Getting Consensus on Business Requirements: Tips and Traps - Slide 2

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Tips for Accelerating Consensus Building

It’s almost trite to say that stakeholders must feel a sense of ownership of the requirements, but IAG Consulting sees all too often a process for requirements elicitation that actually diminishes this sense of ownership. A good example is when requirements are framed in the technical jargon of IT architecture. It is impossible to get stakeholders to take ownership of requirements they don’t understand, but may be reluctant to admit.

A sound process for requirements elicitation includes:

  • Holding facilitated sessions where all stakeholders are present
  • Using techniques and tools that engage the non-technical participant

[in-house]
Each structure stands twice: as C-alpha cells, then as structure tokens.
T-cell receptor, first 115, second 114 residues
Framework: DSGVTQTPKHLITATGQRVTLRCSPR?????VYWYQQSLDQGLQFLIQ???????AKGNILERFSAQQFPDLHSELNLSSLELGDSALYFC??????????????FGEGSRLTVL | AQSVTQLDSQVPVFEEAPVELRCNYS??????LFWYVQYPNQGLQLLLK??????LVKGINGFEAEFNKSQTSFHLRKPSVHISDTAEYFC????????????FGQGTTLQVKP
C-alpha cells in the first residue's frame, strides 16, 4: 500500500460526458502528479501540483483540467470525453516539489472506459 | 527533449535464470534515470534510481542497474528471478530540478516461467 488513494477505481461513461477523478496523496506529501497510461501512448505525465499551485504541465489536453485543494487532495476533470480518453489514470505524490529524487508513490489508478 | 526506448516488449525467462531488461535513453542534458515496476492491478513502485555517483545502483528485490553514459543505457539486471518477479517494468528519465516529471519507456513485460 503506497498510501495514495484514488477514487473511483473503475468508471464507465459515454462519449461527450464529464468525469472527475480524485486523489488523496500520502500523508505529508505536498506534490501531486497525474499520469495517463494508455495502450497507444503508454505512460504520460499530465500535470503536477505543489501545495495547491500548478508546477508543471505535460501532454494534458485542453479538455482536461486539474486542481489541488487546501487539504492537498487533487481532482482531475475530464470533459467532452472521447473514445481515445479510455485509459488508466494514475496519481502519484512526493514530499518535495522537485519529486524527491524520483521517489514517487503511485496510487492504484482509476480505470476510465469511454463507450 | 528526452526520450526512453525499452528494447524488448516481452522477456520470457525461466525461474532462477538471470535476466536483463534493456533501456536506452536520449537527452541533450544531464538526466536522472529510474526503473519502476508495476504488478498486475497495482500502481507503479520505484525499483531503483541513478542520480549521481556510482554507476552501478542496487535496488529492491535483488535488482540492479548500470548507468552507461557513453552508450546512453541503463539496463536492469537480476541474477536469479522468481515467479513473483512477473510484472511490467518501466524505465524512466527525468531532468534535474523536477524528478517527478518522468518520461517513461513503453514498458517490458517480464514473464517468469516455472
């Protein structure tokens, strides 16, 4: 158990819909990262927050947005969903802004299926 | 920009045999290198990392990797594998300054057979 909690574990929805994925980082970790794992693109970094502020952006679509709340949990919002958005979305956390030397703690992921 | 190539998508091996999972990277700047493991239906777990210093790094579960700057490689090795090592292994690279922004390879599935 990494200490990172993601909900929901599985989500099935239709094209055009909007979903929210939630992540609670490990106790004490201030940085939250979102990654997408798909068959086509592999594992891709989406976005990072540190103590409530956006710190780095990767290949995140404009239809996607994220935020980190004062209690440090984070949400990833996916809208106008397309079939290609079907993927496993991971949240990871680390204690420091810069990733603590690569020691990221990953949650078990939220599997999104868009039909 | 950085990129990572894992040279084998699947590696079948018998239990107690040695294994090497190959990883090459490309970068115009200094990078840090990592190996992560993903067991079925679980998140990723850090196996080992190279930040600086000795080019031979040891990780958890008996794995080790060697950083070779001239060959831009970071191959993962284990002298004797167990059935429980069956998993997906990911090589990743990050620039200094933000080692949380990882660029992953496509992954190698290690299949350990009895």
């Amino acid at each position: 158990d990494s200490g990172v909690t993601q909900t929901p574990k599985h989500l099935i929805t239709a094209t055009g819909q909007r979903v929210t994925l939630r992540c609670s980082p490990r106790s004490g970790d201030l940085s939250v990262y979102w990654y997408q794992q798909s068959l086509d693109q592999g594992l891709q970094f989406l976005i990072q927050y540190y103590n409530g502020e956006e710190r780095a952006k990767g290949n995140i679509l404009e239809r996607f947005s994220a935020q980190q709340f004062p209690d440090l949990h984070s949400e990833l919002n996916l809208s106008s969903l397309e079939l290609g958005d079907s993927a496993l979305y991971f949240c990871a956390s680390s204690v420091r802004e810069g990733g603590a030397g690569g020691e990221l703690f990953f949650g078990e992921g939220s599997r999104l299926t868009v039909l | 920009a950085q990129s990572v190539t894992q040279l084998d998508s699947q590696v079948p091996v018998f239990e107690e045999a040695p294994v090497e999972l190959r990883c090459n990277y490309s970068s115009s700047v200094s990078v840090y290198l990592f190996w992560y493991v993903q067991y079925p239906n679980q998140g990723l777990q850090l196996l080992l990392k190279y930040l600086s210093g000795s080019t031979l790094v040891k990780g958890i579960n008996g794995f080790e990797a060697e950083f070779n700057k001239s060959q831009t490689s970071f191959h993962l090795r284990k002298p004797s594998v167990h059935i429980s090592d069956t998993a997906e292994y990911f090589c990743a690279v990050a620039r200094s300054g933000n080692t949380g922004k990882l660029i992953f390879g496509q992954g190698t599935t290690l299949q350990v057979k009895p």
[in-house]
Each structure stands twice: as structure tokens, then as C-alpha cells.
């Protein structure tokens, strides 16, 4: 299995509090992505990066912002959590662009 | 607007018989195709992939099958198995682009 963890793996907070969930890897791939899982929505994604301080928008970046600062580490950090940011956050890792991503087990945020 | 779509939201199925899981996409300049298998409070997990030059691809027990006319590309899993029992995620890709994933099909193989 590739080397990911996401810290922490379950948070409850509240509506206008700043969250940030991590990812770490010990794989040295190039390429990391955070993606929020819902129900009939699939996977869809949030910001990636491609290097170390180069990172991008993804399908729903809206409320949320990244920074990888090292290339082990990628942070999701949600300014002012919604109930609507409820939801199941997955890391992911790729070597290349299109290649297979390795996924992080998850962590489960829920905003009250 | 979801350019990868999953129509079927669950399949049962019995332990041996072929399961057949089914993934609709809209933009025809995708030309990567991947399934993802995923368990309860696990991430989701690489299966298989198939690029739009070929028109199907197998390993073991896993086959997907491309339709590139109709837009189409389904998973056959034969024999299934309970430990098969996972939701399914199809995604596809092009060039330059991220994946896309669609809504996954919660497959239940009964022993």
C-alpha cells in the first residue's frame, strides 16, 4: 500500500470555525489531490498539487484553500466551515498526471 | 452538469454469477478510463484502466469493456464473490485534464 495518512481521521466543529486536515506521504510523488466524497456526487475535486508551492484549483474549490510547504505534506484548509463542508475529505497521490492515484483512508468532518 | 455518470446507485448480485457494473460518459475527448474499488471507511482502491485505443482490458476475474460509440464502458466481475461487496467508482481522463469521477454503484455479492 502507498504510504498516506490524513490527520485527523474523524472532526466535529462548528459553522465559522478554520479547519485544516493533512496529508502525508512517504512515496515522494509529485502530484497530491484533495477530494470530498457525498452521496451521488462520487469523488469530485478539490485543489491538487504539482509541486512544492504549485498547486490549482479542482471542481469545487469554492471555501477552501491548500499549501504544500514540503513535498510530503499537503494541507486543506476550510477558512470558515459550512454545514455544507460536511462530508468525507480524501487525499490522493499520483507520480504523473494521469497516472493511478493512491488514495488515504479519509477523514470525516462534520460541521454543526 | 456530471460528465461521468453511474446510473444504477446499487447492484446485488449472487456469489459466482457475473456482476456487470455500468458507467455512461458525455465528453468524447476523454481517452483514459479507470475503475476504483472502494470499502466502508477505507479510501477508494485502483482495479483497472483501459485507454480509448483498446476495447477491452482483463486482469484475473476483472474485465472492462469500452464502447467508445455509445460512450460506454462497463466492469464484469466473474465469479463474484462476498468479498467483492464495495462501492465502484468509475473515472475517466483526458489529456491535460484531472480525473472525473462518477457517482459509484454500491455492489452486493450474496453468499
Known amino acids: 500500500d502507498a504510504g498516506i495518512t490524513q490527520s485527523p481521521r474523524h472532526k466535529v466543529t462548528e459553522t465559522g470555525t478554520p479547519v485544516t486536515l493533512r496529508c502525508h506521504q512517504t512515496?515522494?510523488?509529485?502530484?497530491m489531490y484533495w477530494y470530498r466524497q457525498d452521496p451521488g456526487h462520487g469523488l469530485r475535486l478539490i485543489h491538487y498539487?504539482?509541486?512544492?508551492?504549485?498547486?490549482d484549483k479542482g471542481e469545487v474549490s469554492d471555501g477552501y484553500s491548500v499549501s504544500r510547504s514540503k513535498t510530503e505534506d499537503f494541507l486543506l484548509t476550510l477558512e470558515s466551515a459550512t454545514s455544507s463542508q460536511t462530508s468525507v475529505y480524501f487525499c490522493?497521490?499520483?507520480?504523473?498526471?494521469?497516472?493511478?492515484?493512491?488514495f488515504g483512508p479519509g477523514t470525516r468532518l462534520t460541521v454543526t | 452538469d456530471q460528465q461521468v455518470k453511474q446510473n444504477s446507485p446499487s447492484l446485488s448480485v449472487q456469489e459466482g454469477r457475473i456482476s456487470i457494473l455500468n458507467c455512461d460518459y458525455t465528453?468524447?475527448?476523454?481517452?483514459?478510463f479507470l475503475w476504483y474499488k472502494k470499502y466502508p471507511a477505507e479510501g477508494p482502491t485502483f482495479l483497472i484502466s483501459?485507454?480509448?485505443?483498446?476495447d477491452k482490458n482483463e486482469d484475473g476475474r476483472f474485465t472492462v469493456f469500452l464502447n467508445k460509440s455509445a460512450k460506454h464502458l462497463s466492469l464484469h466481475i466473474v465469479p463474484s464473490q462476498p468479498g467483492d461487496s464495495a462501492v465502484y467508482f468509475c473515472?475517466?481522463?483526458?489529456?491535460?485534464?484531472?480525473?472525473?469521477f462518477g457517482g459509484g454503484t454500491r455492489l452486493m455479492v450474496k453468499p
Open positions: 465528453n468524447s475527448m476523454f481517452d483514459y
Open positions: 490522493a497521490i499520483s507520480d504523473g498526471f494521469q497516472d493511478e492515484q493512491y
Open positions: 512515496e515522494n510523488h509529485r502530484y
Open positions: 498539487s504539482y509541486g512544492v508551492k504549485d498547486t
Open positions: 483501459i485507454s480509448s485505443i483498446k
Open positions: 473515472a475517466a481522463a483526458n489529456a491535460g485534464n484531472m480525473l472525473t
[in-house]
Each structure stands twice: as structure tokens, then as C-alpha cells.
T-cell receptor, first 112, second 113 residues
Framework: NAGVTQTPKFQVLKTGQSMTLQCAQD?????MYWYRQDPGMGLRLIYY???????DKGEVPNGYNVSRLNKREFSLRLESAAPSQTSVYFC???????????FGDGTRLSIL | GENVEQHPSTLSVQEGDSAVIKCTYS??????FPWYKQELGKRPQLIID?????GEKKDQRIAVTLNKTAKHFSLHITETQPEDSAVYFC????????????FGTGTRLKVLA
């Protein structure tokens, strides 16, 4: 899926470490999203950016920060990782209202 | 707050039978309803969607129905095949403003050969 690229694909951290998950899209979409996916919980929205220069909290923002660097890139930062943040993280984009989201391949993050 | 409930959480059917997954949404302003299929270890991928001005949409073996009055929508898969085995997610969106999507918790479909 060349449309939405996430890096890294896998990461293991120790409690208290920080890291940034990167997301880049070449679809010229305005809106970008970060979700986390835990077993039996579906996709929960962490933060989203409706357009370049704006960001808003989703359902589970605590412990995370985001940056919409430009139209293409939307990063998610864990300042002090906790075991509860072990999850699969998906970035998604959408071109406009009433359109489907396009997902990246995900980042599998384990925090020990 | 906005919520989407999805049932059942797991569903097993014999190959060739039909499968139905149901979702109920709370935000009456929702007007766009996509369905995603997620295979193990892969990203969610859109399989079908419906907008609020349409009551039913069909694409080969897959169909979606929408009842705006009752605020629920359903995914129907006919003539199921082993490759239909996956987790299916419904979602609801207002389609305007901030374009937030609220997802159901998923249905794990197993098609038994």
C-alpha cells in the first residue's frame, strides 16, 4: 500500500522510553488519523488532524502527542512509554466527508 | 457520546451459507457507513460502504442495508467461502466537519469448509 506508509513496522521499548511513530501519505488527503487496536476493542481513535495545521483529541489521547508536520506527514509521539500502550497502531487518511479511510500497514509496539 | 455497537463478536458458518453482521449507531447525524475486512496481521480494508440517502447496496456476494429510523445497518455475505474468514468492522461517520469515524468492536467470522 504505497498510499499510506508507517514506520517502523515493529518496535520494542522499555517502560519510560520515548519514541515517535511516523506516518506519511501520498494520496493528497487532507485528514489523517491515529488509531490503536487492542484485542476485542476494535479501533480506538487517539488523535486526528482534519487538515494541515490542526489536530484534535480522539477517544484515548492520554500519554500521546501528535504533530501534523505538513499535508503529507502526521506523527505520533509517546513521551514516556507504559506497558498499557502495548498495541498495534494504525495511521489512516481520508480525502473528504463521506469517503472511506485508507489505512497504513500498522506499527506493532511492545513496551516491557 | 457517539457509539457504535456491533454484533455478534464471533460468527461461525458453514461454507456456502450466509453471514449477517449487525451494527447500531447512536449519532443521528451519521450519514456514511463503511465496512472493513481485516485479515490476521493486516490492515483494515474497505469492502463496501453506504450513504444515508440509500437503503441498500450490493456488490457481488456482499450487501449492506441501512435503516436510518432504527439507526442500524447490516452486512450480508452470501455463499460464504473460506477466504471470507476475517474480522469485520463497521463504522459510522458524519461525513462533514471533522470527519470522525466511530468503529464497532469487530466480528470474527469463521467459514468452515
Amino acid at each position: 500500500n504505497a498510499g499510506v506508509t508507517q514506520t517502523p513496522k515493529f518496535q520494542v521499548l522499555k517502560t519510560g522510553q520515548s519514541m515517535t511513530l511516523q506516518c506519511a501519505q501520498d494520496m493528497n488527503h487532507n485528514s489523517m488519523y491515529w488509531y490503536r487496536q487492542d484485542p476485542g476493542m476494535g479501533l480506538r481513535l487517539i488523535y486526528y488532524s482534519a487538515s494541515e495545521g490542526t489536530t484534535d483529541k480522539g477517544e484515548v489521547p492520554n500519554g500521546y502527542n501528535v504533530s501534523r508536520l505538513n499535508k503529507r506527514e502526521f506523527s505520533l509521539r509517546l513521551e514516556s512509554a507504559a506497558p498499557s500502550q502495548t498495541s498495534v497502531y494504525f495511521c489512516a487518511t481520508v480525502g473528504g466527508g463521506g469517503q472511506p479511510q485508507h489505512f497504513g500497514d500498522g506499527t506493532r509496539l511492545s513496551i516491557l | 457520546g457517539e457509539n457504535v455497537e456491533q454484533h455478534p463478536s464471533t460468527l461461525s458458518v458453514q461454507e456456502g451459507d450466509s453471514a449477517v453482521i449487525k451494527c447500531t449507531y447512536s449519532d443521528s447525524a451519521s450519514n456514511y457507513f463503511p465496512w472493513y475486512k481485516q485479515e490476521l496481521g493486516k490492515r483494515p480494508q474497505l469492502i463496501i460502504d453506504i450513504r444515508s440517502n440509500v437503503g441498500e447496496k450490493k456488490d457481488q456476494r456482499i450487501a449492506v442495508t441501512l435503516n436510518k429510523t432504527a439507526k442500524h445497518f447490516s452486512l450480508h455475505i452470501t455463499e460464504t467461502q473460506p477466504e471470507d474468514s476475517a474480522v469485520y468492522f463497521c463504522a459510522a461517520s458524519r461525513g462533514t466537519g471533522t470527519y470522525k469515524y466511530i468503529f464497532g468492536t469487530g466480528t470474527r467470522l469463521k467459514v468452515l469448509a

• Setting the expectation that the stakeholder representatives will sign off on the detailed requirements specification

Out of every 100 IT projects started, 94 will start over again at least once. Before your company launches its next package selection, implementation, or upgrade, make sure you don’t cripple the project from the start by failing to identify your requirements the number one reason that projects spin out of control. Make sure that your company has a clear understanding of how important the requirements definition stage is, has a proven way to carry it out properly, and doesn’t skip this critical phase in the rush to get an RFP out the door.

The toughest job in the requirements definition stage is to get stakeholder agreement as a systematic, expected deliverable in the project cycle. It is absolutely essential (even on the most agile of projects) for a team to have consensus on the requirements. IAG Consulting shares what they’ve learned after over 1,000 engagements.

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